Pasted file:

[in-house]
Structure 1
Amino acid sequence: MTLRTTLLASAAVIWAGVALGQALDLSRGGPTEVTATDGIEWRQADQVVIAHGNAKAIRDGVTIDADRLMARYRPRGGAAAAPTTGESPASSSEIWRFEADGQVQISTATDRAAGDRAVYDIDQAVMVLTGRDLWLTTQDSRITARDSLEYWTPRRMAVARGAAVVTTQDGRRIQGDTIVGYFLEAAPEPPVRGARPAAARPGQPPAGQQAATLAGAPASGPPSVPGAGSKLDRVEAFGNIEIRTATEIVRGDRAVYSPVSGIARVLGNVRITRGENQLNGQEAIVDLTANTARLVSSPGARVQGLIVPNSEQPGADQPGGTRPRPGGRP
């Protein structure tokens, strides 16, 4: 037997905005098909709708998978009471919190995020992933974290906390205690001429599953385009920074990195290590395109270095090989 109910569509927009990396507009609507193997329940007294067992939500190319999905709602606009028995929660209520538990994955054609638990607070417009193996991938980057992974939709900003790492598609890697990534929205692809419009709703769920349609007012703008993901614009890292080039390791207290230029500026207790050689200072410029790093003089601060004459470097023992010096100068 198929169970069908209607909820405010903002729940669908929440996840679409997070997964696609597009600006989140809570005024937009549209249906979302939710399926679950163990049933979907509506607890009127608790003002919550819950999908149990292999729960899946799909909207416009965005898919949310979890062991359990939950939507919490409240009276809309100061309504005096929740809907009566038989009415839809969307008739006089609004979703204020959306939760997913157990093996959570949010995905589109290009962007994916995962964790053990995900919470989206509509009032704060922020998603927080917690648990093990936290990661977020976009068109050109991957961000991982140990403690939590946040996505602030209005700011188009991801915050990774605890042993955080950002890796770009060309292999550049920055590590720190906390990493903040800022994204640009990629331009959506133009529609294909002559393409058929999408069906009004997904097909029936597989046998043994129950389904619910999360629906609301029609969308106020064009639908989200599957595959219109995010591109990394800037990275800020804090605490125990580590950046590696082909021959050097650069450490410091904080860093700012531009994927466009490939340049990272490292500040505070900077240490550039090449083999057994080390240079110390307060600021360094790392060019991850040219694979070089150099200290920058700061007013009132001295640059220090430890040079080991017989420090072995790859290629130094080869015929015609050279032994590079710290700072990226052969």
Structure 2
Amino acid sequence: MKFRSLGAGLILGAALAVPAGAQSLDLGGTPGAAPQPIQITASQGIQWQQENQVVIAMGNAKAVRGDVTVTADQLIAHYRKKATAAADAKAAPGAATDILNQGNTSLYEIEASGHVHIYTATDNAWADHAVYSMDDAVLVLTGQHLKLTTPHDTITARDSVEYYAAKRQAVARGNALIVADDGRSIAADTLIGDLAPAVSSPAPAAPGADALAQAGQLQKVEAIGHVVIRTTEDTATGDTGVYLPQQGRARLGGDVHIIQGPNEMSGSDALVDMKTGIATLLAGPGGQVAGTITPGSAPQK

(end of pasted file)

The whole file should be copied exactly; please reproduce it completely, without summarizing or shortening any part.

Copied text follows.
[in-house]
Structure 1
Amino acid sequence: MTLRTTLLASAAVIWAGVALGQALDLSRGGPTEVTATDGIEWRQADQVVIAHGNAKAIRDGVTIDADRLMARYRPRGGAAAAPTTGESPASSSEIWRFEADGQVQISTATDRAAGDRAVYDIDQAVMVLTGRDLWLTTQDSRITARDSLEYWTPRRMAVARGAAVVTTQDGRRIQGDTIVGYFLEAAPEPPVRGARPAAARPGQPPAGQQAATLAGAPASGPPSVPGAGSKLDRVEAFGNIEIRTATEIVRGDRAVYSPVSGIARVLGNVRITRGENQLNGQEAIVDLTANTARLVSSPGARVQGLIVPNSEQPGADQPGGTRPRPGGRP
């Protein structure tokens, strides 16, 4: 037997905005098909709708998978009471919190995020992933974290906390205690001429599953385009920074990195290590395109270095090989 109910569509927009990396507009609507193997329940007294067992939500190319999905709602606009028995929660209520538990994955054609638990607070417009193996991938980057992974939709900003790492598609890697990534929205692809419009709703769920349609007012703008993901614009890292080039390791207290230029500026207790050689200072410029790093003089601060004459470097023992010096100068 198929169970069908209607909820405010903002729940669908929440996840679409997070997964696609597009600006989140809570005024937009549209249906979302939710399926679950163990049933979907509506607890009127608790003002919550819950999908149990292999729960899946799909909207416009965005898919949310979890062991359990939950939507919490409240009276809309100061309504005096929740809907009566038989009415839809969307008739006089609004979703204020959306939760997913157990093996959570949010995905589109290009962007994916995962964790053990995900919470989206509509009032704060922020998603927080917690648990093990936290990661977020976009068109050109991957961000991982140990403690939590946040996505602030209005700011188009991801915050990774605890042993955080950002890796770009060309292999550049920055590590720190906390990493903040800022994204640009990629331009959506133009529609294909002559393409058929999408069906009004997904097909029936597989046998043994129950389904619910999360629906609301029609969308106020064009639908989200599957595959219109995010591109990394800037990275800020804090605490125990580590950046590696082909021959050097650069450490410091904080860093700012531009994927466009490939340049990272490292500040505070900077240490550039090449083999057994080390240079110390307060600021360094790392060019991850040219694979070089150099200290920058700061007013009132001295640059220090430890040079080991017989420090072995790859290629130094080869015929015609050279032994590079710290700072990226052969």
Structure 2
Amino acid sequence: MKFRSLGAGLILGAALAVPAGAQSLDLGGTPGAAPQPIQITASQGIQWQQENQVVIAMGNAKAVRGDVTVTADQLIAHYRKKATAAADAKAAPGAATDILNQGNTSLYEIEASGHVHIYTATDNAWADHAVYSMDDAVLVLTGQHLKLTTPHDTITARDSVEYYAAKRQAVARGNALIVADDGRSIAADTLIGDLAPAVSSPAPAAPGADALAQAGQLQKVEAIGHVVIRTTEDTATGDTGVYLPQQGRARLGGDVHIIQGPNEMSGSDALVDMKTGIATLLAGPGGQVAGTITPGSAPQK